IGNATIUSBut Liz is right, the danger is there. Is it actually happening now? Not so far as I know. Could it happen? You bet.
REHMTo Avon, N.Y. Good morning, David.
DAVIDHi. Boy, talk about so many things said just listening to you guys. I called up about basically, you were talking about, you know, the people with their hearts, you know, in fear all the time and I remember that one time about Chief Seattle of the Suquamish Tribe back in 1840s or whatever, when he feared that this tribe would be massacred if he didn't sell the property. And he stated that, he says, when you turn the hearts of men black with fear and hate, especially at the loss of loved ones, we think revenge gain, even unto losing one's own life in that gain.
DAVIDSo, you know, you're looking at these drones and they're bombing. I mean, the good and the bad die. It's ugly, it's obscene, it's pure evil. And would wonder why they want to come back at us? And plus, we open the 21st century by starting a war on terror. I mean, a war on terror, when terror is, you know, evil itself or -- I don't know how to explain it, but it just scares the hell out of me about what's going on.
REHMI think you're not alone in your feeling. And here we are, David, fighting in the tribal areas of Afghanistan, Pakistan. The fear, as David puts it, is there. How do we get out of this? How is their sense of how to make peace different from our sense of how to make peace?
IGNATIUSIn answering that, I want to first respond to what David said powerfully, quoting that chief and I want to read a couplet that opens this book from John Milton, the famous British poet, in, "Paradise Lost." "Revenge, at first though sweet, bitter erelong back on itself recoils." That's what we've been living. We have been living after September 11, 2001 the experience of trying to get even with these people who did a terrible thing to us. I mean, none of us can forget that day and the black feeling in our hearts of being they came at us, they did this terrible thing to us, so we've been trying to deal with that.
IGNATIUSAnd we've been creating enemies there. I mean, all you have to do is imagine what it's like to be under our bombs and what that would do to you. And so the question is, how do we each untangle ourselves from that process of anger and revenge? What I found fascinating working on this book is that the Pashtun culture, this is a rough part of the world. It's a part of the world where wars start quickly. You know, it's a place where people are always feuding.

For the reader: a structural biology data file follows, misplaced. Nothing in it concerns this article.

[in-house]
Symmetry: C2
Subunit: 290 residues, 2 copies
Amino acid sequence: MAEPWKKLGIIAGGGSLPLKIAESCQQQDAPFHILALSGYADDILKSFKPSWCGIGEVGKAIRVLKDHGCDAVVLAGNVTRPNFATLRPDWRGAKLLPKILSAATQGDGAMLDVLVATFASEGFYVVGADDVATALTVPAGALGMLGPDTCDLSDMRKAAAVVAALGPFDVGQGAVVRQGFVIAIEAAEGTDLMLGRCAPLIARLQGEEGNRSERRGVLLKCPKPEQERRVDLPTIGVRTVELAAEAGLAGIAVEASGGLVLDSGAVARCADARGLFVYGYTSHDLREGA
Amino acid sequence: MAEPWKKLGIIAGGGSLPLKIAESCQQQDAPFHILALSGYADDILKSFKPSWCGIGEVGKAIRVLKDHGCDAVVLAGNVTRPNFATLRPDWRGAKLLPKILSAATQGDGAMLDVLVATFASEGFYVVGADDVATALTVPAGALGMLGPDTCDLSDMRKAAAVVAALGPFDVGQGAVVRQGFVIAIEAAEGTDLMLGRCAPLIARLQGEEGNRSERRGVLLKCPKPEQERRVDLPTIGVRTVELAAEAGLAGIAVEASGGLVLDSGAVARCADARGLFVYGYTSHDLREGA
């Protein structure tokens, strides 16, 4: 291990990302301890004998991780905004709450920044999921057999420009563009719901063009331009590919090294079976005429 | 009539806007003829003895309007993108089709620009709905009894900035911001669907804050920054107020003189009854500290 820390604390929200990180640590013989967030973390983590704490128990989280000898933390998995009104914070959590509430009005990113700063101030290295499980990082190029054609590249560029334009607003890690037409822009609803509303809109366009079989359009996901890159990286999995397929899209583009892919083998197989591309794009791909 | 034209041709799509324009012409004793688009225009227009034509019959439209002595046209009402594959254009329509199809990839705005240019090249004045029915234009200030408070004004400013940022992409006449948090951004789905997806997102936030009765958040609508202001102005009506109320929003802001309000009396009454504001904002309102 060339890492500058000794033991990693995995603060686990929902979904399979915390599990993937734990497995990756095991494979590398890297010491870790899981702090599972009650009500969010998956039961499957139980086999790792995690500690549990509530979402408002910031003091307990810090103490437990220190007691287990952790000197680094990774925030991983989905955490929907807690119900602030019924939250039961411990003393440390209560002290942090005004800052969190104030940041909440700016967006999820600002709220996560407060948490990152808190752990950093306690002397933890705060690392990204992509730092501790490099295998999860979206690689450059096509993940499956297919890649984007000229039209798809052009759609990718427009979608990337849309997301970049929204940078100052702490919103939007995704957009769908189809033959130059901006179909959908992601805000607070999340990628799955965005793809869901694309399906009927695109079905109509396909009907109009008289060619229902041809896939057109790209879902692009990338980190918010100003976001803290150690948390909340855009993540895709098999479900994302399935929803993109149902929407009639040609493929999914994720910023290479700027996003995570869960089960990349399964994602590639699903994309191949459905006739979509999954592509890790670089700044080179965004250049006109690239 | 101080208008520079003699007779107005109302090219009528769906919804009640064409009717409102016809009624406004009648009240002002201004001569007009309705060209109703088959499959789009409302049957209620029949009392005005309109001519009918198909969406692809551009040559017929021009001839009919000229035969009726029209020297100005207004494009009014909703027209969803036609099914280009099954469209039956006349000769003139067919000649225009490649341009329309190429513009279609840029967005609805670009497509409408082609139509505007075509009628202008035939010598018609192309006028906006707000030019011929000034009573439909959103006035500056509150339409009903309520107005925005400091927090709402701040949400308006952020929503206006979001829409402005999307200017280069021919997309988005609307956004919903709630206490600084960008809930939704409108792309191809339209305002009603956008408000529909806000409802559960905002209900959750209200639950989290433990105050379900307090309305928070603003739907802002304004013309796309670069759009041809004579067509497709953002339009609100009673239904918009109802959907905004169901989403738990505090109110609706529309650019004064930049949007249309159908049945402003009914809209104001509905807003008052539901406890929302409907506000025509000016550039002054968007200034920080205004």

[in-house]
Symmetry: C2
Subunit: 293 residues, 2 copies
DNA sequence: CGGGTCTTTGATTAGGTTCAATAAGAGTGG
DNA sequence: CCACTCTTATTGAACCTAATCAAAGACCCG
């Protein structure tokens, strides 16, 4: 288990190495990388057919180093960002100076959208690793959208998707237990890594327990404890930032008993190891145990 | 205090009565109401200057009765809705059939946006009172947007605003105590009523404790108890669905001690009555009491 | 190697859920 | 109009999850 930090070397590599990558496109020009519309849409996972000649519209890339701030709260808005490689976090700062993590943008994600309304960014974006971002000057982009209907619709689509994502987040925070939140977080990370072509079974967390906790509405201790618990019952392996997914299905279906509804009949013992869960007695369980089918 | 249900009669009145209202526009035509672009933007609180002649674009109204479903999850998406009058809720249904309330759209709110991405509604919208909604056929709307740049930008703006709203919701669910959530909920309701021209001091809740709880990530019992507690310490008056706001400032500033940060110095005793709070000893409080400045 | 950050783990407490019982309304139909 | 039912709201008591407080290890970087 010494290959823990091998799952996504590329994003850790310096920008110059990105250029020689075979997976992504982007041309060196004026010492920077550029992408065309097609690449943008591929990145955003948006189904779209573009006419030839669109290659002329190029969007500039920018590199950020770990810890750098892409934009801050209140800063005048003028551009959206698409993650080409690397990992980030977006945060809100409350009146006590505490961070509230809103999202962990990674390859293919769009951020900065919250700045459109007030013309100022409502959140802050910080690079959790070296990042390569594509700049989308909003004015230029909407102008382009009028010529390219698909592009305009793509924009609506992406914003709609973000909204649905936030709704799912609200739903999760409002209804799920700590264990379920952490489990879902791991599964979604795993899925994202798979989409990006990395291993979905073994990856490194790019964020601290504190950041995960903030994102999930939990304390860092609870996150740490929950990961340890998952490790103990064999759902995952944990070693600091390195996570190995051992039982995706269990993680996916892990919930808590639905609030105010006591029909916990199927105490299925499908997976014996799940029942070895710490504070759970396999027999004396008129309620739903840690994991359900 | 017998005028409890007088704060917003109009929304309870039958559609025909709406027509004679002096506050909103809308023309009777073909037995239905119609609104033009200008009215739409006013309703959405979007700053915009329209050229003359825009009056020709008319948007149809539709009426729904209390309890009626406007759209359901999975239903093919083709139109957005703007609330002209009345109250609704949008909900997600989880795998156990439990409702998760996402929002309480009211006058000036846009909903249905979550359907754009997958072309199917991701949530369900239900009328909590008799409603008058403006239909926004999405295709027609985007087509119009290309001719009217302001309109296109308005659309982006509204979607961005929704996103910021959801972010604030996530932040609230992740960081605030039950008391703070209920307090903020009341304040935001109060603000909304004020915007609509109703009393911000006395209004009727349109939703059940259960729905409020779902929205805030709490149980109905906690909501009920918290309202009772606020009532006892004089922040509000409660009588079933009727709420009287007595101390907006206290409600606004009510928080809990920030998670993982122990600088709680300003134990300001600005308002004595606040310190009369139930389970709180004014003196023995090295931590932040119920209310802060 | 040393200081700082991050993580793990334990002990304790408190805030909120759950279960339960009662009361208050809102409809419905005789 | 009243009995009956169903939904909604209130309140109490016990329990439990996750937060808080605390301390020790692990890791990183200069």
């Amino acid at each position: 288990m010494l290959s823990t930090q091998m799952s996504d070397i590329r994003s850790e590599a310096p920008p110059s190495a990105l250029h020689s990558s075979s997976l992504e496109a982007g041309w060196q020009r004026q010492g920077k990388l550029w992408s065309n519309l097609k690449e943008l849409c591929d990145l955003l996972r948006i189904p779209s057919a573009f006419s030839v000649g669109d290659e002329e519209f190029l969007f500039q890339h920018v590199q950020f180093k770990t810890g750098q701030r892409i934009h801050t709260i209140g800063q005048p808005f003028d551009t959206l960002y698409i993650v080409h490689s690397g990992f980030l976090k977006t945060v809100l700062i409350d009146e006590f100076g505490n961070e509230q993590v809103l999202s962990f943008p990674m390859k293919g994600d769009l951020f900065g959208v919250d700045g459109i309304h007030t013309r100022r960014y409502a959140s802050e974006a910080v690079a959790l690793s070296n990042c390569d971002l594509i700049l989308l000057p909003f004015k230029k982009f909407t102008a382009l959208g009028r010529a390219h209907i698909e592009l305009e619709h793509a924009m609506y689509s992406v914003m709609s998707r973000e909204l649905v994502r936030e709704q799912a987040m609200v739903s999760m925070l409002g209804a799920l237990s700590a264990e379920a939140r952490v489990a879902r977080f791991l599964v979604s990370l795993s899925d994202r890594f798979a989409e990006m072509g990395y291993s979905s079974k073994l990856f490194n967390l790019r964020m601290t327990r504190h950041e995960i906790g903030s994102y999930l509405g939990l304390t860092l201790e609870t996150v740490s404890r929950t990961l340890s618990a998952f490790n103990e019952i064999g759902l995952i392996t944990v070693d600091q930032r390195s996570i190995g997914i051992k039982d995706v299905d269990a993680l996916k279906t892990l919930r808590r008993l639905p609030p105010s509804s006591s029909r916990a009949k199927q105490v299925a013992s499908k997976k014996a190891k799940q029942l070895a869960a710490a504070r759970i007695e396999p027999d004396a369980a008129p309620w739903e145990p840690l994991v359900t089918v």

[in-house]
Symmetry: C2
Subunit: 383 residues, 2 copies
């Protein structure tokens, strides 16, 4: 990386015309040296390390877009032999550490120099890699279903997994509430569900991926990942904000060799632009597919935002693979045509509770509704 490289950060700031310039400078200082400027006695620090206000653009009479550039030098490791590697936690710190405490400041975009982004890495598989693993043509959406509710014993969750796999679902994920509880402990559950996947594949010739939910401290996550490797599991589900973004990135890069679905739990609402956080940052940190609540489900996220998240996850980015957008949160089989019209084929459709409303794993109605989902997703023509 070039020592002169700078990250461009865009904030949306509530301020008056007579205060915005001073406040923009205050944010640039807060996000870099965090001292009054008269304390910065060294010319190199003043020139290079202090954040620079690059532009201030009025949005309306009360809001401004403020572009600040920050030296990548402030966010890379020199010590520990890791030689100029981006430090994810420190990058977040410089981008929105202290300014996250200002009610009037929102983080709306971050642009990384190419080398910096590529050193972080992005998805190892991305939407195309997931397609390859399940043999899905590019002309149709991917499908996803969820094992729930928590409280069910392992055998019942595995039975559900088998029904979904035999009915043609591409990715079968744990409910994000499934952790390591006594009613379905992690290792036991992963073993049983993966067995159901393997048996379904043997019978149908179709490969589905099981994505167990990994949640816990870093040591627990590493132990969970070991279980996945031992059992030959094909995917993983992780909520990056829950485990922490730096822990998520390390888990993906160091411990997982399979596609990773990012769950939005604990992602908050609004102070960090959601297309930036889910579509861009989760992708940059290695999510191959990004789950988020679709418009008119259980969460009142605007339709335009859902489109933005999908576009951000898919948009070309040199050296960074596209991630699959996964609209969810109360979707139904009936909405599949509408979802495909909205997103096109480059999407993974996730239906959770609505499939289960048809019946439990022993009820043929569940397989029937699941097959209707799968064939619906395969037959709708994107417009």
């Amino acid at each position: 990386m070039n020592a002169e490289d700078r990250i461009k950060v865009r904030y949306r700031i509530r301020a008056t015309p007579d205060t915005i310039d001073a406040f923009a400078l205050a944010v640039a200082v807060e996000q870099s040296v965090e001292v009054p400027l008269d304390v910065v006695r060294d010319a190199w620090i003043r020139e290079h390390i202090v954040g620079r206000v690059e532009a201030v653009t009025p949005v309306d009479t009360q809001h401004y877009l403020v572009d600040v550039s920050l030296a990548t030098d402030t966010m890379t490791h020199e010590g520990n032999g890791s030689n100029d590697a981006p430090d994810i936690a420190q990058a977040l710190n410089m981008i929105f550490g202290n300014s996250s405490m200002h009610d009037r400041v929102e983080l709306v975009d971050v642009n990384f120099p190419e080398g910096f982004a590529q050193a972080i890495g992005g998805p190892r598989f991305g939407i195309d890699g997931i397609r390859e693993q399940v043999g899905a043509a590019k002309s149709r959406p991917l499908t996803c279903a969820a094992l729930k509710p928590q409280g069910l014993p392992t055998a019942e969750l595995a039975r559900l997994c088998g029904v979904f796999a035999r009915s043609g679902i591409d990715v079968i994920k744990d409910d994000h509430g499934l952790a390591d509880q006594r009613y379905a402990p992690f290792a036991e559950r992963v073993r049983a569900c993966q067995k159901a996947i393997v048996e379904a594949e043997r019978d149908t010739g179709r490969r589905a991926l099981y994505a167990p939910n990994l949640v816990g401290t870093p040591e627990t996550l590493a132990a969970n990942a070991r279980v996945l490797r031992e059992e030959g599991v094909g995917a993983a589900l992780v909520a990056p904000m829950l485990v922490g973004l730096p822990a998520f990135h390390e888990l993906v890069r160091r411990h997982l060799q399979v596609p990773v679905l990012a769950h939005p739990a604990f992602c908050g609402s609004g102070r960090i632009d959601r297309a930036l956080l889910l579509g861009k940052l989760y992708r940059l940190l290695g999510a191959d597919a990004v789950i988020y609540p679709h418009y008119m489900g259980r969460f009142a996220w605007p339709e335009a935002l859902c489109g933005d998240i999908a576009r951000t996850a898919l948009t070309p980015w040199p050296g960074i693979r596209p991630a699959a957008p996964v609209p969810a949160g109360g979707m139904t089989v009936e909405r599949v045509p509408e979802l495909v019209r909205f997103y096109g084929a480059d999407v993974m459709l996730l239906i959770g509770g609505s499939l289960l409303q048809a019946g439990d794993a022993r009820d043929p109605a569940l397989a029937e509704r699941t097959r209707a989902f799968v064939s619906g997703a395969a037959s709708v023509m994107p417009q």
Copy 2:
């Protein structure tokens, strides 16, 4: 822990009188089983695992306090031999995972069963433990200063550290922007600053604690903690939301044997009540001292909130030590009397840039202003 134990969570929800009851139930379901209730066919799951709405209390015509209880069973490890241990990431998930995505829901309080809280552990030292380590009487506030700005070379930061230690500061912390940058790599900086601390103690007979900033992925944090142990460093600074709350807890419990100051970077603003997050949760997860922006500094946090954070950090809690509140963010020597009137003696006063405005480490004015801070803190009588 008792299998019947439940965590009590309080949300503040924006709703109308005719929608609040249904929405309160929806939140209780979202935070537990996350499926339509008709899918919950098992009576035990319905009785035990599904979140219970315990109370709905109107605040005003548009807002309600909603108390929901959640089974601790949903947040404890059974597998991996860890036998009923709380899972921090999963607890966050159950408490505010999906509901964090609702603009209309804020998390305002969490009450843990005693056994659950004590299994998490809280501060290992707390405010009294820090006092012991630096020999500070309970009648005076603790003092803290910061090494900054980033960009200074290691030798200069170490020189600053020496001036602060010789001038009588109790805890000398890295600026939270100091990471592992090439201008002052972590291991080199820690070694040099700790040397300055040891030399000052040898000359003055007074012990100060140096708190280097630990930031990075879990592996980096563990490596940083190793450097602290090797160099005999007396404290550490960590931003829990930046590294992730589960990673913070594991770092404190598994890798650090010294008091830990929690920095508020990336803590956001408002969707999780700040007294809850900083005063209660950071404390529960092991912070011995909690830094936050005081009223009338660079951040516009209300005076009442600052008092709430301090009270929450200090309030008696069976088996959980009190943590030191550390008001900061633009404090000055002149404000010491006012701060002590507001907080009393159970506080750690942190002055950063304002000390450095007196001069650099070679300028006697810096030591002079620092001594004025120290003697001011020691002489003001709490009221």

IGNATIUSBut for that reason, it's also a place where they know how to end wars, because wars can't go on forever. So they know how to start them. They also know how to end them. And let me explain how they end them. They end them with a ritual process that established a balance of respect between the two parties, between the victor and vanquished. They end when somebody goes to the other in a show of humility and sometimes with the most moving gestures.
IGNATIUSOne thing they do in this part of the world is sometimes men will put grass in their mouths as if they're farm animals and go in this most humble way to the house of their adversary as if to say, let me in, it's time, we need to sit in mutual respect and resolve this. Sometimes they'll go to the house of somebody who would shoot them in any other circumstances, to the funeral of someone in the family who's been killed. And because of the rituals of hospitality, you have to let a visitor in. And that visitor is there and the visitor expresses condolence and expresses a desire to have some end to this struggle.
IGNATIUSAnd I cite these aspects of Pashtunwali, the Pashtun tribal code, because I think our policymakers need to really read into the culture of that part of the world because there is a very specific ritual for ending conflict. We think of ending conflict by basically, you know, overpowering our adversary. And in that part of the world, sometimes people will keep fighting to the last just to preserve their dignity. And if you could preserve their dignity in some process of negotiation, you might be able to get out of the mess a whole lot sooner.
REHMWhich is why you were very hopeful and optimistic about Secretary Clinton's efforts?
IGNATIUSWell, to call me hopeful and optimistic...
REHM(laugh) Can't do that.
IGNATIUS...that overstates it.
IGNATIUSBut I do want to call people's attention to an important process that's going on that doesn't get written about much. Our Secretary of State has said, we are in the negotiation business. We are conducing secret negotiations, which were disclosed first in Spiegel, a German magazine, and then written about. They're important and they're heading toward a path that if we can find a way to follow it, will take us somewhere.
REHMBut given the fact that General Cartwright was done out of his position as chair of the joint chiefs because the generals around him were apparently, according to some reports, unhappy because he wanted to get more -- or send fewer than 30,000 troops to Afghanistan. What does that say? On the one hand, the military is leading, on the other hand, the State Department is negotiating?